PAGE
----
June 2 at Cold Harbor

The initial reports coming back to the headquarters of the Army of the Potomac on the night of June 1 were encouraging: the Federals had carried the first line of Confederate works. At the same time, reinforcements were needed on the Union front. Horatio Wright was reporting that the Confederates were extending their line beyond his left flank. To counter this movement, Grant and Meade decided to send Winfield Scott Hancock’s II Corps to Cold Harbor. With Hancock shifting to the south, Robert E. Lee decided to send Maj. Gen. John Breckinridge’s troops followed by the Third Corps divisions of Maj. Gens. Henry Heth and Cadmus Wilcox to Cold Harbor. The tiny Virginia crossroads was acting like a magnet for the two armies.

Union artillery bombard enemy lines at Cold Harbor. Courtesy of the Library of Congress.

Union artillery bombard enemy lines at Cold Harbor. Courtesy of the Library of Congress.

Grant’s expectation was for Hancock to renew the assault in concert with Smith and Wright the following morning. The General-in-Chief, however, did not factor the logistics in moving these veteran soldiers to their new position. Just like the VI Corps had the night of May 31-June 1, the II Corps struggled through the darkness on June 1-June 2. The delay forced Meade to postpone the planned assault that was to take place that morning. Meade sent out new instructions, informing his commanders that they would push forward at 5 p.m.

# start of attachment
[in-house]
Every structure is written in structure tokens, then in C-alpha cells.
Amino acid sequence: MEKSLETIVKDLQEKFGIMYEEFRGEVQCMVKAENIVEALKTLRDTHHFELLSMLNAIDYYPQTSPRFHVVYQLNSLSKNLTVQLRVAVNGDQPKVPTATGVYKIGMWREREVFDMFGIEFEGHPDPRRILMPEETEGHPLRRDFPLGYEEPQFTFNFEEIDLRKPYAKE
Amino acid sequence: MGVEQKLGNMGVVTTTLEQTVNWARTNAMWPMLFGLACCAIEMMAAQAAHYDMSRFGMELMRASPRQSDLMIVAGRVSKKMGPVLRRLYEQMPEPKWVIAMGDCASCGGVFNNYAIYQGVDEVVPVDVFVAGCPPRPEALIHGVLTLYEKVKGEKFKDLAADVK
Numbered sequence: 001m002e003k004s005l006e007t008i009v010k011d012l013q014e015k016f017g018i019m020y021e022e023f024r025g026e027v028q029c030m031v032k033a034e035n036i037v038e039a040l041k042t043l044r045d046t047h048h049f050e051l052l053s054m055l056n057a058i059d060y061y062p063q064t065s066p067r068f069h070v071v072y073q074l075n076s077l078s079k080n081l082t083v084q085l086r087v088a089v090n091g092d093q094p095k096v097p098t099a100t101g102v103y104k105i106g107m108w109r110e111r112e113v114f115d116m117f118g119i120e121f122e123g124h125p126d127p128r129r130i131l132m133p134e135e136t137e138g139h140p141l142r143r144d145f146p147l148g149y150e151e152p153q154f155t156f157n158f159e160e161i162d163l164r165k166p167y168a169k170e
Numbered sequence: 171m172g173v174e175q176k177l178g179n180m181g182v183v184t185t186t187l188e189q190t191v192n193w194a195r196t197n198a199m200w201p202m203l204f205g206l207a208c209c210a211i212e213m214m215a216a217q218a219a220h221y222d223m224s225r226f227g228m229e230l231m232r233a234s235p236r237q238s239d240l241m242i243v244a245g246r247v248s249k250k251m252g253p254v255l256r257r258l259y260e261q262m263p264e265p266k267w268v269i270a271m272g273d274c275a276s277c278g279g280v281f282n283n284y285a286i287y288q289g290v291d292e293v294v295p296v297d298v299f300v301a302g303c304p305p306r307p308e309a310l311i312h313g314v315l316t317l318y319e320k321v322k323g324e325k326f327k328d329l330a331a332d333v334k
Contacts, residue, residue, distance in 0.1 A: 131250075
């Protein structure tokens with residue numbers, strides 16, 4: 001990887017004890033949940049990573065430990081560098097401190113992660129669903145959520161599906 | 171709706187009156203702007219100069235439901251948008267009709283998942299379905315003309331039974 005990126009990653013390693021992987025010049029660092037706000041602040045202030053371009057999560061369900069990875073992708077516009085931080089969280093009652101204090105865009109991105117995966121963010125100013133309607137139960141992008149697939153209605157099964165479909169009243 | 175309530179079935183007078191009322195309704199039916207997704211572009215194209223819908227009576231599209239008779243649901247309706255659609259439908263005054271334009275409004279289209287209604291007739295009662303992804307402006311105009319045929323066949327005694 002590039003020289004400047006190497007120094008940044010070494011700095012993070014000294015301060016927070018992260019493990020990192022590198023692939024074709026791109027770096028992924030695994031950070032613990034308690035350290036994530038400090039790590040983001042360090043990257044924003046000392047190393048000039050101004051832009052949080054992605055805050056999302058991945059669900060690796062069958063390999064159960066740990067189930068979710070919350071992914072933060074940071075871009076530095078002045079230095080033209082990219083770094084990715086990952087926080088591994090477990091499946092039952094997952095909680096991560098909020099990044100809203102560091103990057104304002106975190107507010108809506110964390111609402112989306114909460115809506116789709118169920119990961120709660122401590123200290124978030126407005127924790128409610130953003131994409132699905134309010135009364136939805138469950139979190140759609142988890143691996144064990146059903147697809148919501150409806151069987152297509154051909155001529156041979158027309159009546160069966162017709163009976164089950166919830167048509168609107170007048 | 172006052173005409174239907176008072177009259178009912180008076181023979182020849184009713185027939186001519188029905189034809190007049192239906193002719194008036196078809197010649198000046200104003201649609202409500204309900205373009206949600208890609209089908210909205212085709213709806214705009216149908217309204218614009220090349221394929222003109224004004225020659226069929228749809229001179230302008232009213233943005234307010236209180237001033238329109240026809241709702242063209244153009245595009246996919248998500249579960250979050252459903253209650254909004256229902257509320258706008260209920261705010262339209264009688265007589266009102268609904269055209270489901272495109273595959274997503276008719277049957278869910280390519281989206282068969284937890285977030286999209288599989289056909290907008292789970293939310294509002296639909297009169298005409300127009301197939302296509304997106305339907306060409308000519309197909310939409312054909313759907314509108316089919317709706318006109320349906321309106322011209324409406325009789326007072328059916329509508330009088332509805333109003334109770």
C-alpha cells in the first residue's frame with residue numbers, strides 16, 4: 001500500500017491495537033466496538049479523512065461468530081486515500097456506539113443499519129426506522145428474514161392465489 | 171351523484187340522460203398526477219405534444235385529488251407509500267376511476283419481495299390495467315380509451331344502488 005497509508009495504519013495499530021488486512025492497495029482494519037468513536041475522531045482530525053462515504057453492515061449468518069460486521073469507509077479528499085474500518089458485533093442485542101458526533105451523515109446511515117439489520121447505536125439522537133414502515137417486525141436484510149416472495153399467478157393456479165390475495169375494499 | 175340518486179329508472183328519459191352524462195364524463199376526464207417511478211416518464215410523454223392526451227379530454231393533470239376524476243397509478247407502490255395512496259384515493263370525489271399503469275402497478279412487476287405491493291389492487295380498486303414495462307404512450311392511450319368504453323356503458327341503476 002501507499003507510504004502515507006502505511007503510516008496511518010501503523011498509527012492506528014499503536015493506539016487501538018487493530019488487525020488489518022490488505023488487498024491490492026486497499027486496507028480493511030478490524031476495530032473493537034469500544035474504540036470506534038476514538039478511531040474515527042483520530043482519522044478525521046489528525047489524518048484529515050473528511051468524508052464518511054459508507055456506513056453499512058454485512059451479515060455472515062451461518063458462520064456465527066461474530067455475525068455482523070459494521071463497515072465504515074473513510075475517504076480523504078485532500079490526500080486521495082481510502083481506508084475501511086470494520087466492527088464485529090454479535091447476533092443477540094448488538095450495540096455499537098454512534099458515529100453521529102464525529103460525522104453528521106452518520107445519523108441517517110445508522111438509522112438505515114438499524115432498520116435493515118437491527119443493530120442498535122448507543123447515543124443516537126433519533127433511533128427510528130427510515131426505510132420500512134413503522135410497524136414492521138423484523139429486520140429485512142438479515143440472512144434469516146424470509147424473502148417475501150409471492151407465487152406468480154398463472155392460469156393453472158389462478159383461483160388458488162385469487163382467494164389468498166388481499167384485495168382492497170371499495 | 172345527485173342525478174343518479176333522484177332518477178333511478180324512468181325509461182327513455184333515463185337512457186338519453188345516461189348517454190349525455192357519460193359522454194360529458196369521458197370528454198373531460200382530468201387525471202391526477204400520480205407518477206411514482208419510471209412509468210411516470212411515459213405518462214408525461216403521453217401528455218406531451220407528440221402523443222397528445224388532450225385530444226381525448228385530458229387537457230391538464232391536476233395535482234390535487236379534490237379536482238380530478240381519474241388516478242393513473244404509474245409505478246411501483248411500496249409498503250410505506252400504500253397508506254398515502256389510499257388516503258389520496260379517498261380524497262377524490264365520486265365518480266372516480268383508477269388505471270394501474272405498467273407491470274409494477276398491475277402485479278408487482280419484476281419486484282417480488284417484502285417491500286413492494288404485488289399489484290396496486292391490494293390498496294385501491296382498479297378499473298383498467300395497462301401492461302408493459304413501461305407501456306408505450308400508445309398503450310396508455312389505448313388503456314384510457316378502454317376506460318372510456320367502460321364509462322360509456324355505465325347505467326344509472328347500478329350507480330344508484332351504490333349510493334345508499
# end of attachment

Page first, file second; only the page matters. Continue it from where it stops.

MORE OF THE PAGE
At dawn, Grant rose and began the short, three mile ride to Cold Harbor. After stopping briefly at Bethesda Church, the party continued on until they reached their destination. Early in the afternoon, it began to rain. This sudden change in the weather forced a sudden change in Grant. It was easily recognized that the Union soldiers were exhausted and in no shape to launch an assault later that afternoon. Even weighing the fact that every minute delayed allowed the Confederates more time to strengthen their entrenchments was not enough to force Grant to assault later in the day. No, he would give the men time to rest and prepare for the next attack.

A new directive was sent out to Meade: the Union assault would be delayed once again. Grant remembered “an assault was ordered for the 3d, to be made mainly by the corps of Hancock, Smith and Wright; but Warren and Burnside were to support it by threatening Lee’s left, and to attack with great earnestness if he should either reinforce more threatened points by drawing from that quarter or if a favorable opportunity presented itself. The corps commanders were to select the points in their respective fronts where they would make their assaults. The move was to commence at half-past four in the morning”.

Horace Porter also recalled “the eve of battle was, as usual, an anxious and tiresome night at headquarters”. This observation is not surprising, either at the time or 150 years later. Just several miles down behind Lee’s lines was the Confederate capital. If the Federals could punch through the next morning, there would be an open road to Richmond.

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